The end of this story has yet to be written. But if things go as the city’s literary community hopes, sometime in 2015, Boston will be home to what’s believed to be the nation’s first literary cultural district. Its proponents don’t know exactly where its borders will lie, or what, precisely, visitors will do, but more significant is this: the very idea that there could be a literary cultural district is recognition that the city is undergoing a renaissance.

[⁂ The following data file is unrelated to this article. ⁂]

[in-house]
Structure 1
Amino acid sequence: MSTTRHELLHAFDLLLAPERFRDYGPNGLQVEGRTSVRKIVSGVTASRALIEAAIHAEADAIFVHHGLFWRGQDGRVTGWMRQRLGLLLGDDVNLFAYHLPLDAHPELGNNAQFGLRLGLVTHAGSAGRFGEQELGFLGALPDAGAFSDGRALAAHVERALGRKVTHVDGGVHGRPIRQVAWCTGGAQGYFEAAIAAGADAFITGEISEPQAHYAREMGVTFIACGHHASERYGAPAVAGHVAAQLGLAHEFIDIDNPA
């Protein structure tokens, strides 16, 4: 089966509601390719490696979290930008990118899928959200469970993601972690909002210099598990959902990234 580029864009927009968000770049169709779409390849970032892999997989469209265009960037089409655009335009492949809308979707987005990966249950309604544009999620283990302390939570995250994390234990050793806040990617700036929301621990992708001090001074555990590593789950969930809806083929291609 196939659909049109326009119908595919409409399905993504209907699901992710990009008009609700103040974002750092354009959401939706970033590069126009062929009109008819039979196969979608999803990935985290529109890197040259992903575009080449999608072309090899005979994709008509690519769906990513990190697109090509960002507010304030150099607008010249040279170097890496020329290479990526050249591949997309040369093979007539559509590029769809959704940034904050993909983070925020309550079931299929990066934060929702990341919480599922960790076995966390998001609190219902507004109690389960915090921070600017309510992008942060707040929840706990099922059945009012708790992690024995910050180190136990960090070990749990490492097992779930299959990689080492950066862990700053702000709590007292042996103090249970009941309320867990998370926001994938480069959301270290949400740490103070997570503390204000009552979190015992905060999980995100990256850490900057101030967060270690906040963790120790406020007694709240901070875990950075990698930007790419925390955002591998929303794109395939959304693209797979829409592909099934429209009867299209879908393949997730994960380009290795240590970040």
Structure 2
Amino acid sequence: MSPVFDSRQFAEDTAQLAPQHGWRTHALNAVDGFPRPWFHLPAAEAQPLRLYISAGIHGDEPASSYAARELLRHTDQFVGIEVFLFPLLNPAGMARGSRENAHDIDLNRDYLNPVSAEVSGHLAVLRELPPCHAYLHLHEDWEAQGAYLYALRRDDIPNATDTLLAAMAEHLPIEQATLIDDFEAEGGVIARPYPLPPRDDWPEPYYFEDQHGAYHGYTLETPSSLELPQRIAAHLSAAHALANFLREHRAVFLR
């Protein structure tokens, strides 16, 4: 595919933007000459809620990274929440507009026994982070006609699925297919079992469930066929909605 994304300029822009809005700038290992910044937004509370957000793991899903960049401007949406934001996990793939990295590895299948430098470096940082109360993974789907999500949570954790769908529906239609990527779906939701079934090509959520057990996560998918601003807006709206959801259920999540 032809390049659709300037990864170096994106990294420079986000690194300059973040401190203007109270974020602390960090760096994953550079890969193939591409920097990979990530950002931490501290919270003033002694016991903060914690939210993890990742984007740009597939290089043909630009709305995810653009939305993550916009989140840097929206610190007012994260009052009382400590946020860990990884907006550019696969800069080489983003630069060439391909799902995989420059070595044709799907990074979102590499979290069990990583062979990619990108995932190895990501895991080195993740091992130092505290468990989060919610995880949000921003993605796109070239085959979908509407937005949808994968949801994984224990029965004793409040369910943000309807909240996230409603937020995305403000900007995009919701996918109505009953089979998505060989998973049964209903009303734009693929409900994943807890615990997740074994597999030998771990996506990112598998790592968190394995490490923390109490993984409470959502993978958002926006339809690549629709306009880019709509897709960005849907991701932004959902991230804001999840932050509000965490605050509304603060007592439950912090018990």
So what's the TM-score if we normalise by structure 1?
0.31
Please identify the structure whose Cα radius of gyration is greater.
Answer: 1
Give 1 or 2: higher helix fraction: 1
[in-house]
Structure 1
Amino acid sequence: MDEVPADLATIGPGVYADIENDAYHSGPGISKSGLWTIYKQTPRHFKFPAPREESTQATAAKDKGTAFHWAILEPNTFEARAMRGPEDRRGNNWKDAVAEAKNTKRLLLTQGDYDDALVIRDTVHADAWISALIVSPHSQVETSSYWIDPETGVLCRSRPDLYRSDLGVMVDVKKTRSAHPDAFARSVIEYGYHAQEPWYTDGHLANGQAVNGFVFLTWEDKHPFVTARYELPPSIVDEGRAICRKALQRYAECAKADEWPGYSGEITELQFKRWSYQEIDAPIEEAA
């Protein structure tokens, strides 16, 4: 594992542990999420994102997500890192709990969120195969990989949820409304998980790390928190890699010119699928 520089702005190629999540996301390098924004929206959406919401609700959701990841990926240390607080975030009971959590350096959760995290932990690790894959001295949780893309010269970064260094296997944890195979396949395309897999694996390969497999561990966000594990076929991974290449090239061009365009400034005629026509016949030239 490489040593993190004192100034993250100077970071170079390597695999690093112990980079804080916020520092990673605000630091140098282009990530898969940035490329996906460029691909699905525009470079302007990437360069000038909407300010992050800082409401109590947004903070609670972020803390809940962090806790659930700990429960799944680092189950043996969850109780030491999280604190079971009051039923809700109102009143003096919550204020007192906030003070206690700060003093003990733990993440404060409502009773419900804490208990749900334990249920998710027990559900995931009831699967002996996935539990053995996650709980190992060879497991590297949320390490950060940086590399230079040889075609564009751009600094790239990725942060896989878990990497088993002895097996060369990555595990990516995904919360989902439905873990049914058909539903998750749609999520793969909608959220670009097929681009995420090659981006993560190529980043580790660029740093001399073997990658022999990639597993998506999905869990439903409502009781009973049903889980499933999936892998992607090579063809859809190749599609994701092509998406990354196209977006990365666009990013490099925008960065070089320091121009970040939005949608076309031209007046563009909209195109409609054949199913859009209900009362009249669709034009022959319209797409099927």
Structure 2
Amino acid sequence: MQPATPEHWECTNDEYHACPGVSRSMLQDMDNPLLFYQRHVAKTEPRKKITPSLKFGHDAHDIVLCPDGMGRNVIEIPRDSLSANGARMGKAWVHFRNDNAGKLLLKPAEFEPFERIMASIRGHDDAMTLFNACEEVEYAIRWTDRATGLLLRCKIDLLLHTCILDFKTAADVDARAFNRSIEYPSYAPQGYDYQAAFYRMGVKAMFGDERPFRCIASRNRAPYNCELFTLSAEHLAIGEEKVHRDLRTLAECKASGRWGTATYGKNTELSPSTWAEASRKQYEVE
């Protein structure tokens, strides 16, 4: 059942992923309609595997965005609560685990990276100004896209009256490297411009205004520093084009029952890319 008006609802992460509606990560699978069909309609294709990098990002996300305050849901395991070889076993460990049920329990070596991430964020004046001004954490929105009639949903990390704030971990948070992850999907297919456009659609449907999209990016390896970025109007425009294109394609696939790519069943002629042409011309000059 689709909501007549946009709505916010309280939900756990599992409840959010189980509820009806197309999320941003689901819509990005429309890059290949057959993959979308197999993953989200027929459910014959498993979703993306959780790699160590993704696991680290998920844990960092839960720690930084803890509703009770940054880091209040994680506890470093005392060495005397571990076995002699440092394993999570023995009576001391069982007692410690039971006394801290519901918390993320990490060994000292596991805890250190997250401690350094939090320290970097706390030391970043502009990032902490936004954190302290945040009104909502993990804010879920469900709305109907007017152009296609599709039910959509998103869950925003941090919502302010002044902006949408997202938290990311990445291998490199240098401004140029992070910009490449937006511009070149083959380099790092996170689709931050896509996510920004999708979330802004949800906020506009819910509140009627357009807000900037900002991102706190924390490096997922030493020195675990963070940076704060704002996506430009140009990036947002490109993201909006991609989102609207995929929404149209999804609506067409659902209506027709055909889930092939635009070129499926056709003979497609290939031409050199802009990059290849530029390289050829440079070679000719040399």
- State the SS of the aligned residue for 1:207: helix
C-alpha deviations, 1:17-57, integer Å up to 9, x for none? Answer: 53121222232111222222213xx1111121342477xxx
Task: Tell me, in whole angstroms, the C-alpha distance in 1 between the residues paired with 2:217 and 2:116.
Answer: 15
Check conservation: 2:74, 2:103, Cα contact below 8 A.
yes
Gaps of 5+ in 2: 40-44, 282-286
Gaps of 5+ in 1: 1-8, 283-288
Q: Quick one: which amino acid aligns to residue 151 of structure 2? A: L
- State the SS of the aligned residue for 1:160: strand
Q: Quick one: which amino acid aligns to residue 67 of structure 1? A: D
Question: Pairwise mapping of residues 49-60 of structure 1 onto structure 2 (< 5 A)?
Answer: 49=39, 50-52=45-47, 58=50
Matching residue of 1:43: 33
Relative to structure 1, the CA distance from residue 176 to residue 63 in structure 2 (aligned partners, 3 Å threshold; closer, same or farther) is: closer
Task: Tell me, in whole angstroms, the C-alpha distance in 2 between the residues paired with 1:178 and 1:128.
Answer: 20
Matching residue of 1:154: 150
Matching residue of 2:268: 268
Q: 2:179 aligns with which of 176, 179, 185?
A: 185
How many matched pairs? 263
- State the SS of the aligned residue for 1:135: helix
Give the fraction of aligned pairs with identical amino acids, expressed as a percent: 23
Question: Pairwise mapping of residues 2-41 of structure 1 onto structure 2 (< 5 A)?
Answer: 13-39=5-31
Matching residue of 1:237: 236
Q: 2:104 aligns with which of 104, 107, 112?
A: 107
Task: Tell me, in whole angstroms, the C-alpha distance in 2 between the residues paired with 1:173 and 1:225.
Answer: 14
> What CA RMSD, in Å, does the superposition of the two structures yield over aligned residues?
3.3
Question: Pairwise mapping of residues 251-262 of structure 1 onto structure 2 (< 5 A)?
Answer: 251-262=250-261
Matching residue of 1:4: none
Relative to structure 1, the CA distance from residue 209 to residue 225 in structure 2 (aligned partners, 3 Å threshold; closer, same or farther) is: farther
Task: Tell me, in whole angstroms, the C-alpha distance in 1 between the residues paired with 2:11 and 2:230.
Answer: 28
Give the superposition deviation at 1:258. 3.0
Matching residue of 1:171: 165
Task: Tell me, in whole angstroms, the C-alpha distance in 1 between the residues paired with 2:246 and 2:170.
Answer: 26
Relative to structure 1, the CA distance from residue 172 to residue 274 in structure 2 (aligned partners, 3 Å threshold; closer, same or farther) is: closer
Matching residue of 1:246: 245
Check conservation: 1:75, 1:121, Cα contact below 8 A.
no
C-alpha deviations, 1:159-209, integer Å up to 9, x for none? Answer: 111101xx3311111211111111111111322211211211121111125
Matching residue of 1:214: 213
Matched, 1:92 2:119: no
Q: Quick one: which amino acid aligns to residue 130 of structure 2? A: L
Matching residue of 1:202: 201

In September, a group led by Grub Street, an independent writing center, won a two-year $42,500 planning grant from the Massachusetts Cultural Council . The coalition will use the money to refine its concept and pitch the commission for designation. “The challenge,” said Eve Bridburg, Grub Street’s executive director, “is to make the literary visible.”